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Coke to Settle Former Exec's Suits

The company will pay $540,000 on claims that the finance director was fired because he exposed accounting fraud.

October 08, 2003|From Bloomberg News

Coca-Cola Co. agreed to pay $540,000 to settle two lawsuits by a former executive who claimed he was improperly fired because he exposed accounting fraud at the company.

Matthew Whitley, a former finance director in Atlanta-based Coca-Cola's fountain division, will be paid $100,000 in addition to $140,000 in severance pay. The company also will pay his attorney's fees of $300,000, Coca-Cola said.

Whitley's accusations have prompted investigations by the U.S. attorney's office and the Securities and Exchange Commission. Those investigations continue, and Whitley and the company, in statements released together, said they would cooperate with the probes. Whitley had sought $44 million from Coca-Cola before filing the suits in May.

"It has become increasingly clear to me that the company has taken seriously the issues I raised. That's all I ever wanted," Whitley said.

The settlement follows a decision in a Georgia court last month that threw out most of his claims against the company, including racketeering allegations.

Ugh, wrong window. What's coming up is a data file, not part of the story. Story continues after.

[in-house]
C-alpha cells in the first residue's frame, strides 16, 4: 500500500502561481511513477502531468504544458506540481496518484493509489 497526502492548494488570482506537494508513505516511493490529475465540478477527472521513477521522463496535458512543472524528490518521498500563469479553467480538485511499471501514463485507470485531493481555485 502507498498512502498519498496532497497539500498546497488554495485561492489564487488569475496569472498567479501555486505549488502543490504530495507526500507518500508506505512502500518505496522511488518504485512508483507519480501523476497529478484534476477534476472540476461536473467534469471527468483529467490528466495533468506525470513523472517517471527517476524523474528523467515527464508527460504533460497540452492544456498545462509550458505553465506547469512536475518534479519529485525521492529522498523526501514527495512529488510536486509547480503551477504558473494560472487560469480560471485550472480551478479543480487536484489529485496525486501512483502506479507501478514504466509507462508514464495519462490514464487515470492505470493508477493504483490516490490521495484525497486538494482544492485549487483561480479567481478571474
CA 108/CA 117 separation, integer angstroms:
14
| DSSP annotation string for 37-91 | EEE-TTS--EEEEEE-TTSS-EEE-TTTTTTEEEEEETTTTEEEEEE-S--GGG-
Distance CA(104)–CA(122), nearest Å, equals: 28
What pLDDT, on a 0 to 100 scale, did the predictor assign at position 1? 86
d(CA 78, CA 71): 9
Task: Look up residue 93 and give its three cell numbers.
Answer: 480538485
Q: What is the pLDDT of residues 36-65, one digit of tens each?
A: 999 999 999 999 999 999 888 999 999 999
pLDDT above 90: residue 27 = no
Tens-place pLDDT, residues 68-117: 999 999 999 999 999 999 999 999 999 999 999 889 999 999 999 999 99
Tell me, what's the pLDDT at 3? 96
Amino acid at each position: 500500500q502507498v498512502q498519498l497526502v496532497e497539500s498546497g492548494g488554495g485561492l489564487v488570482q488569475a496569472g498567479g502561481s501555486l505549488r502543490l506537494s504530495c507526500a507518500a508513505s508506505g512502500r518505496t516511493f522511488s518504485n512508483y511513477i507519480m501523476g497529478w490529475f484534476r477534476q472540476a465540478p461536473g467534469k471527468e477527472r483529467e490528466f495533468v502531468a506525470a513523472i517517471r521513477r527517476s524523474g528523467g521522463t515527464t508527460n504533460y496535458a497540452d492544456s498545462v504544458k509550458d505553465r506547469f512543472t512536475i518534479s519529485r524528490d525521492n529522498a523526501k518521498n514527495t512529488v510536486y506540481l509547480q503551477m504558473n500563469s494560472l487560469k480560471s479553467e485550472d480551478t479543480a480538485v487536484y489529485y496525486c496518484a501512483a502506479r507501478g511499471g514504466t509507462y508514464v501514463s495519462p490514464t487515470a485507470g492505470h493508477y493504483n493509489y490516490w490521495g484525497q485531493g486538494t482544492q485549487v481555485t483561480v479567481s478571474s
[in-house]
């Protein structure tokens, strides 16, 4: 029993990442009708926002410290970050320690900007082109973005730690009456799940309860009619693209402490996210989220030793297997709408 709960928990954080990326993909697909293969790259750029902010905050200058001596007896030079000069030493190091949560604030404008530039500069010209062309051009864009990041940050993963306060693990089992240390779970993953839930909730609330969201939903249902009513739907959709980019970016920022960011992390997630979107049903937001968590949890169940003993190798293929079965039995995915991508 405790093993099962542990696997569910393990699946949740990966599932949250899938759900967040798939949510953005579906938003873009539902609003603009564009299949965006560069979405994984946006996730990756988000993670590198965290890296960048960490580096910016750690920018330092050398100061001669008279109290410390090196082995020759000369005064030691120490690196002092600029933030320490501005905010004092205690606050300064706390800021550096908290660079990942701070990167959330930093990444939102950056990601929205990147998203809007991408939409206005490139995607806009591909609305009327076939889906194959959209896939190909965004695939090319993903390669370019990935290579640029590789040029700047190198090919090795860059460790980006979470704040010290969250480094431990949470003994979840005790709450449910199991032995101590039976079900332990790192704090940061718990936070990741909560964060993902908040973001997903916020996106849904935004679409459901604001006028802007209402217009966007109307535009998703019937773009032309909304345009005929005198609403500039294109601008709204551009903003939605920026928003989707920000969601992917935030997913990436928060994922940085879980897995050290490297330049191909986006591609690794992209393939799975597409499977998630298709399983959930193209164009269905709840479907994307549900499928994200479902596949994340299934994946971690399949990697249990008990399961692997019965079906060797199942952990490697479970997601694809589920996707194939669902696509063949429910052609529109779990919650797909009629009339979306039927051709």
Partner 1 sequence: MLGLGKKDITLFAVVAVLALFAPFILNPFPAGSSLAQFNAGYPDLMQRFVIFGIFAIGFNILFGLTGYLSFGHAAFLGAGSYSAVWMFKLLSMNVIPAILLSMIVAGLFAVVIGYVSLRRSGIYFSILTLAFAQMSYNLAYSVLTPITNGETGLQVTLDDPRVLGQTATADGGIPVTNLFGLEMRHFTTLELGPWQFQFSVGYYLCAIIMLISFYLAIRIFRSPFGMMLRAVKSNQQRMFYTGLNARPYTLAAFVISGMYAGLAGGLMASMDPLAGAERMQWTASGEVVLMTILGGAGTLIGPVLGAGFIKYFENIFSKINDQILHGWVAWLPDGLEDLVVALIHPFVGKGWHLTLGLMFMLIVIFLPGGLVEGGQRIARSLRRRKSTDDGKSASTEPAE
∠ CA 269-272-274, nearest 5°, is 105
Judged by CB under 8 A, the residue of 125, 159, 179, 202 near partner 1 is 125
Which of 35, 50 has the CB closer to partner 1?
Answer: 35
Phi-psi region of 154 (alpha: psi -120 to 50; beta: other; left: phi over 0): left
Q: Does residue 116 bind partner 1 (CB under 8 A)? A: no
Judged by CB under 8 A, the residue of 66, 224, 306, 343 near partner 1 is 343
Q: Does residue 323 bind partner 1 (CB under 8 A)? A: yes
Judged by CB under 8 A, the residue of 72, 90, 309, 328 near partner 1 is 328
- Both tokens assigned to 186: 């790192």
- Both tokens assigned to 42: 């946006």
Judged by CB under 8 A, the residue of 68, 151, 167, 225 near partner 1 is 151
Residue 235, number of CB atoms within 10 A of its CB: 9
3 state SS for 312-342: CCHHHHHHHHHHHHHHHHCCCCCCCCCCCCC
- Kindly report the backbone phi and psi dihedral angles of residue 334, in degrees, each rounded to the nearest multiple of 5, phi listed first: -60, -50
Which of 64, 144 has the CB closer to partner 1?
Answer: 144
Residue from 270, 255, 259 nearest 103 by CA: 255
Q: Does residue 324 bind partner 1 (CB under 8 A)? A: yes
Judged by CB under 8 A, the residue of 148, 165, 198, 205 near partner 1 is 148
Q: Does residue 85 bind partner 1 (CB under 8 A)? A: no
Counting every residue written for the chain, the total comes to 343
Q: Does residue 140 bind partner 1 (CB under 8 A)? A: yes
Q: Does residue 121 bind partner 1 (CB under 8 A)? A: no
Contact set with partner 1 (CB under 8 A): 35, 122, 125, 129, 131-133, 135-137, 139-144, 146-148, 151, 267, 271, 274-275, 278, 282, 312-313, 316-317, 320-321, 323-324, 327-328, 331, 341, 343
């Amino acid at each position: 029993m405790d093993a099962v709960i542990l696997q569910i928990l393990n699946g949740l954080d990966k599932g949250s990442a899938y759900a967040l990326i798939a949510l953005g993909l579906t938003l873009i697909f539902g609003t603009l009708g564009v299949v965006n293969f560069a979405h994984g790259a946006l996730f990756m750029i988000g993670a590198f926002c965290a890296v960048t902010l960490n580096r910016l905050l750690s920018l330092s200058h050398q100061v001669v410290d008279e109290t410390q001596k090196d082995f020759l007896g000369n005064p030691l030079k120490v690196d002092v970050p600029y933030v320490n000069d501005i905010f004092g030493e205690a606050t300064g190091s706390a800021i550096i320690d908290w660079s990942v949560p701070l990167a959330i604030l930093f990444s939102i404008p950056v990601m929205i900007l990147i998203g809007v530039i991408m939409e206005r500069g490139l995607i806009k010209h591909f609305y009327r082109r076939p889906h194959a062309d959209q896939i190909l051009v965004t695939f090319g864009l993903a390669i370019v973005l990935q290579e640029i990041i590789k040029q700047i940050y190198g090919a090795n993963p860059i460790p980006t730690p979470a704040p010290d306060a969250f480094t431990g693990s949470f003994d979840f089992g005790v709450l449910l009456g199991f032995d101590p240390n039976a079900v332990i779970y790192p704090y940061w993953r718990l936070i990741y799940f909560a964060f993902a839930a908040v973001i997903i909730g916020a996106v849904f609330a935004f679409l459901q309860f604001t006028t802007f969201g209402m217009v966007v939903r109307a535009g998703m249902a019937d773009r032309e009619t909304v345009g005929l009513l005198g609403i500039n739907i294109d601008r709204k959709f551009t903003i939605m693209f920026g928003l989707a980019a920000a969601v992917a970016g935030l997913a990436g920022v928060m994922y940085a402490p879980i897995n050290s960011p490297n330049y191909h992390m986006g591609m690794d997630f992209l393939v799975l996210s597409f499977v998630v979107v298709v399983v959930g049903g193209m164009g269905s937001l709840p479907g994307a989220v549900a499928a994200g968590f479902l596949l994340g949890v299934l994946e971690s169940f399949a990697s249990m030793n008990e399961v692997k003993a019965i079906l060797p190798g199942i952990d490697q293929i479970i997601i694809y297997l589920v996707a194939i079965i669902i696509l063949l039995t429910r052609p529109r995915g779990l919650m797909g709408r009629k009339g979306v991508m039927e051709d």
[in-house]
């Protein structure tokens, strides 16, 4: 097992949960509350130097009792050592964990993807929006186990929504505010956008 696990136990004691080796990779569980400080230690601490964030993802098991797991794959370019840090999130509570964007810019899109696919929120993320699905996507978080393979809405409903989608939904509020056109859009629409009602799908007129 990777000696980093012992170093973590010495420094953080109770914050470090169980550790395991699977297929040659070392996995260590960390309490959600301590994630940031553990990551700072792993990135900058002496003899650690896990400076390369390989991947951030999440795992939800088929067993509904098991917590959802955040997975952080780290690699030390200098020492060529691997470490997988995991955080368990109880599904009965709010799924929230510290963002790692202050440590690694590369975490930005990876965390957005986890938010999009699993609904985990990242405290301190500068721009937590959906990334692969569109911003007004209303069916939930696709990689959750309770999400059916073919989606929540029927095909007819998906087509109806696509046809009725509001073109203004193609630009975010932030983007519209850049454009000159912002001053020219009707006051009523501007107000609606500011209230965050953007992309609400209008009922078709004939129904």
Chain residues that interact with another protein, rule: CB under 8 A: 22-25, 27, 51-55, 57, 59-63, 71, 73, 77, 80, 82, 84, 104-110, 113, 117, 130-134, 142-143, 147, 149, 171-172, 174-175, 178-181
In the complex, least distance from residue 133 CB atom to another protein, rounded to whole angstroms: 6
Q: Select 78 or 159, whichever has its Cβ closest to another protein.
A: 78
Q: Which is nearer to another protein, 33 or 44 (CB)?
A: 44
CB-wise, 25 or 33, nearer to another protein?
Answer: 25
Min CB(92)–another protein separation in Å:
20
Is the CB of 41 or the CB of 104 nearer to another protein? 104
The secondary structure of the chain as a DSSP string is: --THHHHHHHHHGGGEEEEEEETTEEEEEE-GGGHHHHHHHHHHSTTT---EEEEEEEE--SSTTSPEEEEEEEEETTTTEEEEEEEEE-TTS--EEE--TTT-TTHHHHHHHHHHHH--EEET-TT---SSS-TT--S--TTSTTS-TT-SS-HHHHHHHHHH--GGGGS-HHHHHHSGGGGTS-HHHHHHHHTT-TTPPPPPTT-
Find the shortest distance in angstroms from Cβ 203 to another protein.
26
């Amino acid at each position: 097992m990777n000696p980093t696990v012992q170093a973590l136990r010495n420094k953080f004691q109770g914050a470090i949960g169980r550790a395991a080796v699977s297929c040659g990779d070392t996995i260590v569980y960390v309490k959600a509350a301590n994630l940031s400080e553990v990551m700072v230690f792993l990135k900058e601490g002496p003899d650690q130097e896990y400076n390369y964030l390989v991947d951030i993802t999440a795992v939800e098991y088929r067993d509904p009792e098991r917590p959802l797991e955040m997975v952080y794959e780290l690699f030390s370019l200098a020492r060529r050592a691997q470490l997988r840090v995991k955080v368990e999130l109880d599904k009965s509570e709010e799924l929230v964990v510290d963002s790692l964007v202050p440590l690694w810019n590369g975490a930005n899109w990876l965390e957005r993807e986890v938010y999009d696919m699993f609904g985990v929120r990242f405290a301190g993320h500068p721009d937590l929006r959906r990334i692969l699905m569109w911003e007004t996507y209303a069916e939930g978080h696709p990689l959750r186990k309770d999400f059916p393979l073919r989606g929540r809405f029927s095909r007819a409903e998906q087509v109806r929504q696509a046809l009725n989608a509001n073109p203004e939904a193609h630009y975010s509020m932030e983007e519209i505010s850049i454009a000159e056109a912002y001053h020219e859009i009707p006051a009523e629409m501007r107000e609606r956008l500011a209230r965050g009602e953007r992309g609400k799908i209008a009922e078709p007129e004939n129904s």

An internal company probe found employees faked marketing tests at Burger King Corp. for a Frozen Coke drink. Coca-Cola agreed to pay Burger King, which was unaware of the deception until this year, as much as $21.1 million in compensation.

In a 123-page filing last month, Coca-Cola said Whitley's termination was justified as part of a reduction of 1,000 jobs in a cost-saving program.

In Coca-Cola's statement, Deval Patrick, executive vice president and general counsel, said that the company wanted every employee to bring issues to management and that "it is disappointing" Whitley "felt he needed to file a lawsuit in order to be heard."

The company said an internal investigation showed no improper accounting methods. The fountain division generates a third of the company's U.S. sales.

Shares of Coca-Cola rose 25 cents to $44.66 in New York Stock Exchange trading before the announcement.

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